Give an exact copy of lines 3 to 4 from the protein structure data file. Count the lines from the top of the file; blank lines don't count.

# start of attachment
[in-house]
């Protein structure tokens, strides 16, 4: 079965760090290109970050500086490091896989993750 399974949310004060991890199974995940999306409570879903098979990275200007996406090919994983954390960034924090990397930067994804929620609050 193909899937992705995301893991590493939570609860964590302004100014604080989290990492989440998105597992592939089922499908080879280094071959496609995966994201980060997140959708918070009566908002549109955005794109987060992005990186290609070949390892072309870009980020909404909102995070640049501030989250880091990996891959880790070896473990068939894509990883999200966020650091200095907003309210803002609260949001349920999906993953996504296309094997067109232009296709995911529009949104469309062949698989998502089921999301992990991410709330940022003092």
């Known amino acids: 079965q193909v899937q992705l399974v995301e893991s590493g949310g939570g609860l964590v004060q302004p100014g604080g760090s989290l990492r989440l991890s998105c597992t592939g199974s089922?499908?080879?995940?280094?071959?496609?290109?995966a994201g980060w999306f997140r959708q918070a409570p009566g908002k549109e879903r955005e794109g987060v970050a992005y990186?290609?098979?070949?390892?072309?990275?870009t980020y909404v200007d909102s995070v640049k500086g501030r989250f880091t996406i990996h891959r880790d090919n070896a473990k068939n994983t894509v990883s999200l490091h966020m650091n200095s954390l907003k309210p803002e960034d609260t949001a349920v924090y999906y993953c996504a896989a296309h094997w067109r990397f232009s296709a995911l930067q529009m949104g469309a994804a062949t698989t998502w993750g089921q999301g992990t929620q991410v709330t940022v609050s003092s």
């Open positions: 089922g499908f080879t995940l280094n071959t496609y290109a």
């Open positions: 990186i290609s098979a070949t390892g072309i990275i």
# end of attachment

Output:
């Known amino acids: 079965q193909v899937q992705l399974v995301e893991s590493g949310g939570g609860l964590v004060q302004p100014g604080g760090s989290l990492r989440l991890s998105c597992t592939g199974s089922?499908?080879?995940?280094?071959?496609?290109?995966a994201g980060w999306f997140r959708q918070a409570p009566g908002k549109e879903r955005e794109g987060v970050a992005y990186?290609?098979?070949?390892?072309?990275?870009t980020y909404v200007d909102s995070v640049k500086g501030r989250f880091t996406i990996h891959r880790d090919n070896a473990k068939n994983t894509v990883s999200l490091h966020m650091n200095s954390l907003k309210p803002e960034d609260t949001a349920v924090y999906y993953c996504a896989a296309h094997w067109r990397f232009s296709a995911l930067q529009m949104g469309a994804a062949t698989t998502w993750g089921q999301g992990t929620q991410v709330t940022v609050s003092s």
């Open positions: 089922g499908f080879t995940l280094n071959t496609y290109a």